Family law judges in California and around the country base their child custody decisions on what they consider to be in the best interests of the child involved, but the evidence suggests that they may not be relying on the latest scientific research and data. Shared custody arrangements are still seen as the exception rather than the norm despite clear evidence showing that children fare better when they spend time with both of their parents, and some experts say that this is because judges base their decisions on assumptions that are not supported by the data.
Sole physical custody is sometimes ordered to avoid upheaval and minimize the impact of divorce, but polls have revealed that children will happily accept more demanding routines if it means having relationships with both of their parents. Judges may be reluctant to order shared custody when the parents involved have an acrimonious relationship and future conflict is likely, but researchers say that shared parenting nurtures responsible behavior and will generally reduce conflict even when grievances run deep.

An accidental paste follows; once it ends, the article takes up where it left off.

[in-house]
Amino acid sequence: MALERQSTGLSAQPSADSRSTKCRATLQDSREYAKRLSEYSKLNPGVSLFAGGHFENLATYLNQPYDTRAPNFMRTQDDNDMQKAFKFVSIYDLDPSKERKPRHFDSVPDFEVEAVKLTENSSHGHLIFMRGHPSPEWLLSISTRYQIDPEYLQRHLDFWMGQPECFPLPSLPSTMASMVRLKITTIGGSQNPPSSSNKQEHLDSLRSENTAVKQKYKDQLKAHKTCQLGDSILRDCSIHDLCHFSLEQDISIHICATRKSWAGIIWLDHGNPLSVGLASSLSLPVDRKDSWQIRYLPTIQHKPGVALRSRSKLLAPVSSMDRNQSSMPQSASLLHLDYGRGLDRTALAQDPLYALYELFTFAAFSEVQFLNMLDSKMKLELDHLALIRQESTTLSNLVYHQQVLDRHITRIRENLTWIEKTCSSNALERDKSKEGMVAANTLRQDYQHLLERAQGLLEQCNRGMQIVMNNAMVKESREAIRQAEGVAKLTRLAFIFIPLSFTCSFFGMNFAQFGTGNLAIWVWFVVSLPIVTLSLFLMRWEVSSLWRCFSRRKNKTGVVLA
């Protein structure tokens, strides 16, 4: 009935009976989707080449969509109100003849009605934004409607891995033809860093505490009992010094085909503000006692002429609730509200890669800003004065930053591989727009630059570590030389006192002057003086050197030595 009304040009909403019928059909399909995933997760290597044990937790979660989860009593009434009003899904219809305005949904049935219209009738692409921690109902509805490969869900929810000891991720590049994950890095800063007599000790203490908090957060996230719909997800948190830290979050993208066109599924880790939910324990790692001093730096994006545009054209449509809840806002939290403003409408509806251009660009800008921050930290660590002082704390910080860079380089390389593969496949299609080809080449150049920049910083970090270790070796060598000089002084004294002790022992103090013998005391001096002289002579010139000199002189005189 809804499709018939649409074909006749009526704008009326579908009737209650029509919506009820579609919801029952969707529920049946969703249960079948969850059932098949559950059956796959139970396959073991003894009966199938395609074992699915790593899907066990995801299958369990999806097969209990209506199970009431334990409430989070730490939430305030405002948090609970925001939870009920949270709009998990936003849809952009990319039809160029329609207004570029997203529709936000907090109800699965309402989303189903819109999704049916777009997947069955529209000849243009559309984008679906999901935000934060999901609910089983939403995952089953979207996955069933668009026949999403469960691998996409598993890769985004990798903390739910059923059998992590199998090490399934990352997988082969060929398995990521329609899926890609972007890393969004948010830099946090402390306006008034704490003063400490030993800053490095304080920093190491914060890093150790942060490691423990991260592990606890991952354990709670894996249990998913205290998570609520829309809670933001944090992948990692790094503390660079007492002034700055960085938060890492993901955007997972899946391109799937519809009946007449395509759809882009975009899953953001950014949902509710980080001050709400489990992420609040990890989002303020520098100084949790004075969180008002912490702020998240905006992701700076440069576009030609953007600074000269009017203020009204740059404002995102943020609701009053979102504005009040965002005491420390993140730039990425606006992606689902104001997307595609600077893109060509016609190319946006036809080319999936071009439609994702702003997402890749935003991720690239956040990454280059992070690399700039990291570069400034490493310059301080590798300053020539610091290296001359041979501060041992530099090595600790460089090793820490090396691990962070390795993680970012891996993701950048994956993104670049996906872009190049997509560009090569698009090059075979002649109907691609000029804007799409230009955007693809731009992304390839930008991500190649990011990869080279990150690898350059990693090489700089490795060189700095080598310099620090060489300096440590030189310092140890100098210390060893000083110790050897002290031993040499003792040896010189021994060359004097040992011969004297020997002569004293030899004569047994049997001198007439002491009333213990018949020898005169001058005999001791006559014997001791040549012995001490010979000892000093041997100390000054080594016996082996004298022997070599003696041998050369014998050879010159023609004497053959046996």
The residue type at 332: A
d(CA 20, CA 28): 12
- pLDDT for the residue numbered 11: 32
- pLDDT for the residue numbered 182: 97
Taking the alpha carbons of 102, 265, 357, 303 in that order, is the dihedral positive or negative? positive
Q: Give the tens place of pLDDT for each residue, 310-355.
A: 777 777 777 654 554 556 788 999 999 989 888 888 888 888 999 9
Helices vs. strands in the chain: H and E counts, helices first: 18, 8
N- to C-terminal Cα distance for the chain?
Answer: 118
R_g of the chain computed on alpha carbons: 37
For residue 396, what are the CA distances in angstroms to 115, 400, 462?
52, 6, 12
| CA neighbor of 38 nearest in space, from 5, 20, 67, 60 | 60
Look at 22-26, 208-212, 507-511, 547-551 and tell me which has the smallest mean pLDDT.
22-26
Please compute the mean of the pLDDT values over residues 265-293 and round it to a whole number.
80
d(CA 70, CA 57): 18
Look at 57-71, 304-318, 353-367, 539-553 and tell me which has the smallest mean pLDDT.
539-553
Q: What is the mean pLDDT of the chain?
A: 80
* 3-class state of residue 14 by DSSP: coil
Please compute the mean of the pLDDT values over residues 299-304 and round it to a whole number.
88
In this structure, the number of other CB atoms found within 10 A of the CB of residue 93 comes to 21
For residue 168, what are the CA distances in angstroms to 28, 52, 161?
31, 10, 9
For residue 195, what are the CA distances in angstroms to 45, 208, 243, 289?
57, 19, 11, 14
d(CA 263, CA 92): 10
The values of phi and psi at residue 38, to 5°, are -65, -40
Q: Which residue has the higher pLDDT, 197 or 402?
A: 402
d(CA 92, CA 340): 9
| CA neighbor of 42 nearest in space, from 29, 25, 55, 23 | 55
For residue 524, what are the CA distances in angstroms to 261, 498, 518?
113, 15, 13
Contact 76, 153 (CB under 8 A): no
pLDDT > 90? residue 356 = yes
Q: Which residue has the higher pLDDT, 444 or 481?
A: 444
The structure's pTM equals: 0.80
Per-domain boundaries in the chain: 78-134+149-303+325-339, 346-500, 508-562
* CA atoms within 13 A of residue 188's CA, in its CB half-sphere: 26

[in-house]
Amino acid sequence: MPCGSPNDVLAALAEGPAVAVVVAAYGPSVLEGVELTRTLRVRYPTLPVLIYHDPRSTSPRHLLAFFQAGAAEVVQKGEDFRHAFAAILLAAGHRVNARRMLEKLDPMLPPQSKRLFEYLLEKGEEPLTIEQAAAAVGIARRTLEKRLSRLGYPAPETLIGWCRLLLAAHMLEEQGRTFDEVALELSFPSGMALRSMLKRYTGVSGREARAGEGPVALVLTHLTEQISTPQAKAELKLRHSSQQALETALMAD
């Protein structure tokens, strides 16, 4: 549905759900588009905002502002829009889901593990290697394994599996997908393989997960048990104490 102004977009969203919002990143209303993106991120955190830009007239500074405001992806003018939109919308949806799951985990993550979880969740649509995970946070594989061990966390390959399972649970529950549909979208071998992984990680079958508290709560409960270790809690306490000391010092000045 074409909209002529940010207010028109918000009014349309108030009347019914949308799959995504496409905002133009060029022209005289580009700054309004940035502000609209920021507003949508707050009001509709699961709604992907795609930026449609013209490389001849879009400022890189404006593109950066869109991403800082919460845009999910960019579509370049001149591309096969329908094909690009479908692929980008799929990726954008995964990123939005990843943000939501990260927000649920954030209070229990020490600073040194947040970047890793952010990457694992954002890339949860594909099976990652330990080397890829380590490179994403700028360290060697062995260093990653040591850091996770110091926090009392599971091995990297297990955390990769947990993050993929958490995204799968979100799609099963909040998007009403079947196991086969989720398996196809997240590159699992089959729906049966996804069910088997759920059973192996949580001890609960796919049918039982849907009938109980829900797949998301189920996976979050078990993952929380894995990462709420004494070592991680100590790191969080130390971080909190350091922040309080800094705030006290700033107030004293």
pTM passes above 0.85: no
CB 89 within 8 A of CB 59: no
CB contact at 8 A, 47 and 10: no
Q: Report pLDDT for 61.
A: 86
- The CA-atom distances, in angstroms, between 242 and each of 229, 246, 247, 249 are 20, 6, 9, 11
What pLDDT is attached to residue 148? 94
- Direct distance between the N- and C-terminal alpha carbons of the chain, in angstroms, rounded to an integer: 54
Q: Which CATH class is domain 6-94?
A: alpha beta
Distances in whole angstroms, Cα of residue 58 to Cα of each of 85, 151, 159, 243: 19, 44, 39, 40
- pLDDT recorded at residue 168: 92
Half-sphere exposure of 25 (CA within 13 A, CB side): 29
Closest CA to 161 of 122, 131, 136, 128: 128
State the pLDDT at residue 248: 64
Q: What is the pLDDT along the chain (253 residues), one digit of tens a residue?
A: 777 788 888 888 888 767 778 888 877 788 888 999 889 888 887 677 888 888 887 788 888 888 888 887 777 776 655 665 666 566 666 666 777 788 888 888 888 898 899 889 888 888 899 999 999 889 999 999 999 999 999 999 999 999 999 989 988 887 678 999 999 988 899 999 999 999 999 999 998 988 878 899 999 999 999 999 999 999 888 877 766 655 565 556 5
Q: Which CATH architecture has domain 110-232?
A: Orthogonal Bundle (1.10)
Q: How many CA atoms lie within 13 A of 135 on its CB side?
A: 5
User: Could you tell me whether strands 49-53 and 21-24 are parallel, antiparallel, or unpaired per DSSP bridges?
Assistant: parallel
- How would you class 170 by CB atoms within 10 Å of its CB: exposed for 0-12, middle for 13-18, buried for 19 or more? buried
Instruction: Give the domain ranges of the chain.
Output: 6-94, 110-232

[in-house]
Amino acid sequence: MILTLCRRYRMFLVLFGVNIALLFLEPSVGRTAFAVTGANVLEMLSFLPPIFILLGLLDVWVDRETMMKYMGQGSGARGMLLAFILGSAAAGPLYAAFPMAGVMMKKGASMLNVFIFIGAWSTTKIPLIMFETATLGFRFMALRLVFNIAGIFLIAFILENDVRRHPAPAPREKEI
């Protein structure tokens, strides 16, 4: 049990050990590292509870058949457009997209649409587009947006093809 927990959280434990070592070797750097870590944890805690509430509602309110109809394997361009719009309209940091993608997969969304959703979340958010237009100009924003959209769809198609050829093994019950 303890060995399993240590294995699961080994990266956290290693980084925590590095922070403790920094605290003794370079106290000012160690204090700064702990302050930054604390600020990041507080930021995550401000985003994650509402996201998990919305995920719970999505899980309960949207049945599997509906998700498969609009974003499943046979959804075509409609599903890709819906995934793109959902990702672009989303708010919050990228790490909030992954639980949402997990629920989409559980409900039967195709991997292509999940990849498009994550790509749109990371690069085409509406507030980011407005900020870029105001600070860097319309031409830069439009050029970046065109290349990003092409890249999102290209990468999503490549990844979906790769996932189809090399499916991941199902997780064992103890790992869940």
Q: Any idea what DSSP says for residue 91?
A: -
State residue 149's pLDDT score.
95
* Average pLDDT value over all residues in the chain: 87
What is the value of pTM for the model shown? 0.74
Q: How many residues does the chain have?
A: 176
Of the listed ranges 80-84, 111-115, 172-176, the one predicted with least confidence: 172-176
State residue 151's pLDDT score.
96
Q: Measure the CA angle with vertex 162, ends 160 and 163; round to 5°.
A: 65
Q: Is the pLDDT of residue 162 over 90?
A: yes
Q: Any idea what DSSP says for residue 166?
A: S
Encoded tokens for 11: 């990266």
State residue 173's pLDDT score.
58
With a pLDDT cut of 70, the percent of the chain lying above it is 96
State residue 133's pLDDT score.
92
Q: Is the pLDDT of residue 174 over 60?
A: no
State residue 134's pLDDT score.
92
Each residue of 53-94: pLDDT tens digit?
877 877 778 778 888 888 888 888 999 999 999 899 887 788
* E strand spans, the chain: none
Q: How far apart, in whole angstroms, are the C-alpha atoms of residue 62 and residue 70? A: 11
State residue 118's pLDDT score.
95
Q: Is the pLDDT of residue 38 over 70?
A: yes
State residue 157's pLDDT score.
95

It is widely believed that shared parenting approaches are only successful when both of the parents involved are committed. This belief may influence judges who are often asked to decide these matters when tensions are still running high, but the data suggests that these arrangements can improve the lives of children and reduce conflict between their parents even when they were originally mandated by a court.
Experienced family law attorneys may seek to avoid the need for involving judges by settling child custody disputes amicably at the negotiating table, and they could suggest alternative approaches like divorce mediation when discussions fail to produce an agreement that both parties can accept. In addition to being expensive and unpredictable, protracted court battles take place in public and could expose the children involved to unnecessary and unwelcome scrutiny.